"Some countries, especially the one where we are sitting, have the potential to decrease their carbon emissions. They have the highest per capita emissions, so they can do a lot," said Wael Hmaidan, a Lebanese activist and director of the Climate Action Network.
"If nations that are poorer than Qatar, like India and Mexico, can make pledges to reduce their carbon emissions, then countries in the region, especially Qatar, should easily be able to do it. ... They still haven't proven they are serious about climate change."
Al-Attiyah defended Qatar's environmental record at a later news conference, insisting it was working to reduce emissions from gas flaring and its oil fields. Qatar is already doing plenty to help poor countries with financing, he said, adding that it was unfair to focus on per capita emissions.
"We should not concentrate on per capita. We should concentrate on the amount and quantity that each country produces individually," al-Attiyah said. "The quantity is the biggest challenge, not per capita."
The concentration of greenhouse gases such as carbon dioxide has jumped 20 percent since 2000, according to a U.N. report released last week. The report also showed that there is a growing gap between what governments are doing to curb emissions and what needs to be done to protect the world from potentially dangerous levels of warming.
At the same time, many scientists say extreme weather events, such as Hurricane Sandy's onslaught on the U.S. East Coast, will become more frequent as the Earth warms, although it is impossible to attribute any individual event to climate change. The rash of violent weather in the U.S., including widespread droughts and a record number of wildfires this summer, has again put climate change on the radar.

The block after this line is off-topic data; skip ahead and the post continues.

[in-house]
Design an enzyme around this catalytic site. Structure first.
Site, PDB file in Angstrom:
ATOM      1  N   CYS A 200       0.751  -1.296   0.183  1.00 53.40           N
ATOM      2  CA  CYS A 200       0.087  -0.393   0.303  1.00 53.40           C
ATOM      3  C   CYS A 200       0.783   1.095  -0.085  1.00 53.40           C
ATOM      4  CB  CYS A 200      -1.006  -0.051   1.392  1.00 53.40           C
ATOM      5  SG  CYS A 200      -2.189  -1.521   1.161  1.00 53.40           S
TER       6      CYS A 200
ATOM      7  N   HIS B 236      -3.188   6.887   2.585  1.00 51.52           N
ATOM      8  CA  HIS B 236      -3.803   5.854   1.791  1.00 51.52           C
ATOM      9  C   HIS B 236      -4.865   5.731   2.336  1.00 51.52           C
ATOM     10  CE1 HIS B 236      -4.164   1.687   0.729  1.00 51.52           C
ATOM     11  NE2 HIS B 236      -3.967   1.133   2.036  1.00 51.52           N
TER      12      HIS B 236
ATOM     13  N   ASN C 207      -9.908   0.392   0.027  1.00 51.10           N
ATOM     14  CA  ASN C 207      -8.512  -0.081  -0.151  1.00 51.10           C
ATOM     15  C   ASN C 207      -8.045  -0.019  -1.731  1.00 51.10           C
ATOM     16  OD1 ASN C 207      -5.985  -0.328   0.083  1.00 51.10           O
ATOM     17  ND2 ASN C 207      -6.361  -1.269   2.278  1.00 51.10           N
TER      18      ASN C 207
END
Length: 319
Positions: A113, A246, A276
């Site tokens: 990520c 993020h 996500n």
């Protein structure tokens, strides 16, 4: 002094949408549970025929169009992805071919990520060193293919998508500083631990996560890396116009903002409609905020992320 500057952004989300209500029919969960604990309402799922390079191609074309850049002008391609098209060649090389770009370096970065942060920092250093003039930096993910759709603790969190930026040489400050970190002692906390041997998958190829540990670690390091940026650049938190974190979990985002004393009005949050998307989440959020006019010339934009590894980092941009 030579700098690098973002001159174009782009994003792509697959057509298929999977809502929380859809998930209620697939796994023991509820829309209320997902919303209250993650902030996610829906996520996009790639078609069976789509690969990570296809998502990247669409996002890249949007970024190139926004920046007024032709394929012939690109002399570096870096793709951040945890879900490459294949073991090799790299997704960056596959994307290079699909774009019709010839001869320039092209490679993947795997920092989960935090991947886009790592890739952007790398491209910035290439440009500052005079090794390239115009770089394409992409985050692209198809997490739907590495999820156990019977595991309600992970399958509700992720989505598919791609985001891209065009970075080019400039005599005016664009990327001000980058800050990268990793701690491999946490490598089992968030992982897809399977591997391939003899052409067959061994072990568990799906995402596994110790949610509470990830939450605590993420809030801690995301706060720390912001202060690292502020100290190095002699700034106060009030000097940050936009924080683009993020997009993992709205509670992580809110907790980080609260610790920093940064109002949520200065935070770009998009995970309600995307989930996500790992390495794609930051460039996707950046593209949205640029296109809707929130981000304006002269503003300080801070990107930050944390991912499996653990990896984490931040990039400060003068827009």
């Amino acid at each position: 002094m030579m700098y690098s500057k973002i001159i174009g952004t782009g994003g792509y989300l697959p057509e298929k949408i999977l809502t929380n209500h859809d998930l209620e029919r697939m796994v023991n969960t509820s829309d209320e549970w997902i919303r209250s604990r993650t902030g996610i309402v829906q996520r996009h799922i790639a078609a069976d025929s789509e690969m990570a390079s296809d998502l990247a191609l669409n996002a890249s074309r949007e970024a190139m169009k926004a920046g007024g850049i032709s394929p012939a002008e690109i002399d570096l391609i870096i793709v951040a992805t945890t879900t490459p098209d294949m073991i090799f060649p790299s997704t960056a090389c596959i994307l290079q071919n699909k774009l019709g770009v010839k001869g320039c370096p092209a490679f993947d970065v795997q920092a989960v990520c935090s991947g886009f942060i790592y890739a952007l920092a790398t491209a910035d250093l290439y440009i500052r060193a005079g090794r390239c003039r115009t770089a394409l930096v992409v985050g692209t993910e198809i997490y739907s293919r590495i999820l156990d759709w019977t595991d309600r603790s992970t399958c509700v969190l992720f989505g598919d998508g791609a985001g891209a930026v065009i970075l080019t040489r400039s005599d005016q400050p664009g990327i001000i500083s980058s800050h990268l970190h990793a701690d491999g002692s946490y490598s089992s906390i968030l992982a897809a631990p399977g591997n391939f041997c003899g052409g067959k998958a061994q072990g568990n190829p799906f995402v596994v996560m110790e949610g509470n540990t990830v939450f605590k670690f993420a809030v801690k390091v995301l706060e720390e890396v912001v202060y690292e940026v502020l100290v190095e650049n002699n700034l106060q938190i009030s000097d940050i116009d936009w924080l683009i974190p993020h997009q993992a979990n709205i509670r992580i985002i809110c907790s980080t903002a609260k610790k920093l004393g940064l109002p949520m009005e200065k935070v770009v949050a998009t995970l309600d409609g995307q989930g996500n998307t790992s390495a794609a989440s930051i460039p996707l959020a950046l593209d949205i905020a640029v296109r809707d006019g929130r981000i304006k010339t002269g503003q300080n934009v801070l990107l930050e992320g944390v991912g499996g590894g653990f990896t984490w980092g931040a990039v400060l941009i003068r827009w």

"While none of these individual events are necessarily because of climate change, they are certainly consistent with what we anticipate will happen in a warming world," Pershing said. "The combination of these events is certainly changing minds of Americans and making clear to people at home the consequences of increased growth in emissions."
In Washington, Rep. Ed Markey, D-Mass., urged the U.S. delegation at the talks to "heed the warnings from Sandy and other extreme weather supercharged by climate change."
"If the United States does not aggressively pursue sharp reductions in carbon pollution following the droughts, storms and other extreme weather events we have endured, the rest of the world will doubt our sincerity to address climate change," Markey said. "It's time to attack the carbon problem head on, and adapt to a climate already changed for the worse."
Many countries referenced Hurricane Sandy as a rallying cry for tough action to cap emissions, including a group of small island nations that said the monster storm may have jolted the world to recognize "that we are all in this together."
"When the tragedies occur far away from the media spotlight, they are too often ignored or forgotten," the island nations said in a statement.
AP reporter Karl Ritter contributed to this report.
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